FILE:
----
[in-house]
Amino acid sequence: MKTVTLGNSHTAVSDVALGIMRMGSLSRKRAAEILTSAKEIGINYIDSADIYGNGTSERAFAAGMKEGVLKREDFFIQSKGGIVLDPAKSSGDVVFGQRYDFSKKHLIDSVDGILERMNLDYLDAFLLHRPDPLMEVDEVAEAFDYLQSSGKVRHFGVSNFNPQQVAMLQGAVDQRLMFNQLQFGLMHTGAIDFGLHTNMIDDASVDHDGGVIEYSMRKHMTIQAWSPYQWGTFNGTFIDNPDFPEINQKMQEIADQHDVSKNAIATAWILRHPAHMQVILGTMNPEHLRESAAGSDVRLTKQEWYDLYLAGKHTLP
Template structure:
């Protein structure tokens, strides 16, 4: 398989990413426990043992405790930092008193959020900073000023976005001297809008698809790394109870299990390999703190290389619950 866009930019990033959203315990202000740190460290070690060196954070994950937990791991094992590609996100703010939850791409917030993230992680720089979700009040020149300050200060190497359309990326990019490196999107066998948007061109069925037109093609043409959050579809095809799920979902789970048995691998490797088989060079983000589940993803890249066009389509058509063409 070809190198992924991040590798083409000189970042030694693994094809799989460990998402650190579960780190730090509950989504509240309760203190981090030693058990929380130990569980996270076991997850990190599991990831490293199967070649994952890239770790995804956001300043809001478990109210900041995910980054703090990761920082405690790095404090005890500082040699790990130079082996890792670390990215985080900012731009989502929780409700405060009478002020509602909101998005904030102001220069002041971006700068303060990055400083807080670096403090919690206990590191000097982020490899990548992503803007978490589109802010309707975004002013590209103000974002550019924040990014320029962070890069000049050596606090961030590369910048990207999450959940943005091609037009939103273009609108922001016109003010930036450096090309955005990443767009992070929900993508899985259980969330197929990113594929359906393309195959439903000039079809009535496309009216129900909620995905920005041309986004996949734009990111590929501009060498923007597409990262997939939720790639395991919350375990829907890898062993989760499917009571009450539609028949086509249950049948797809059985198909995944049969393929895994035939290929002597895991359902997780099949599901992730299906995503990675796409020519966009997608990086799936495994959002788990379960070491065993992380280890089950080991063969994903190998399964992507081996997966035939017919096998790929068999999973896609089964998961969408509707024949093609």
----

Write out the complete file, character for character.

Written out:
[in-house]
Amino acid sequence: MKTVTLGNSHTAVSDVALGIMRMGSLSRKRAAEILTSAKEIGINYIDSADIYGNGTSERAFAAGMKEGVLKREDFFIQSKGGIVLDPAKSSGDVVFGQRYDFSKKHLIDSVDGILERMNLDYLDAFLLHRPDPLMEVDEVAEAFDYLQSSGKVRHFGVSNFNPQQVAMLQGAVDQRLMFNQLQFGLMHTGAIDFGLHTNMIDDASVDHDGGVIEYSMRKHMTIQAWSPYQWGTFNGTFIDNPDFPEINQKMQEIADQHDVSKNAIATAWILRHPAHMQVILGTMNPEHLRESAAGSDVRLTKQEWYDLYLAGKHTLP
Template structure:
């Protein structure tokens, strides 16, 4: 398989990413426990043992405790930092008193959020900073000023976005001297809008698809790394109870299990390999703190290389619950 866009930019990033959203315990202000740190460290070690060196954070994950937990791991094992590609996100703010939850791409917030993230992680720089979700009040020149300050200060190497359309990326990019490196999107066998948007061109069925037109093609043409959050579809095809799920979902789970048995691998490797088989060079983000589940993803890249066009389509058509063409 070809190198992924991040590798083409000189970042030694693994094809799989460990998402650190579960780190730090509950989504509240309760203190981090030693058990929380130990569980996270076991997850990190599991990831490293199967070649994952890239770790995804956001300043809001478990109210900041995910980054703090990761920082405690790095404090005890500082040699790990130079082996890792670390990215985080900012731009989502929780409700405060009478002020509602909101998005904030102001220069002041971006700068303060990055400083807080670096403090919690206990590191000097982020490899990548992503803007978490589109802010309707975004002013590209103000974002550019924040990014320029962070890069000049050596606090961030590369910048990207999450959940943005091609037009939103273009609108922001016109003010930036450096090309955005990443767009992070929900993508899985259980969330197929990113594929359906393309195959439903000039079809009535496309009216129900909620995905920005041309986004996949734009990111590929501009060498923007597409990262997939939720790639395991919350375990829907890898062993989760499917009571009450539609028949086509249950049948797809059985198909995944049969393929895994035939290929002597895991359902997780099949599901992730299906995503990675796409020519966009997608990086799936495994959002788990379960070491065993992380280890089950080991063969994903190998399964992507081996997966035939017919096998790929068999999973896609089964998961969408509707024949093609």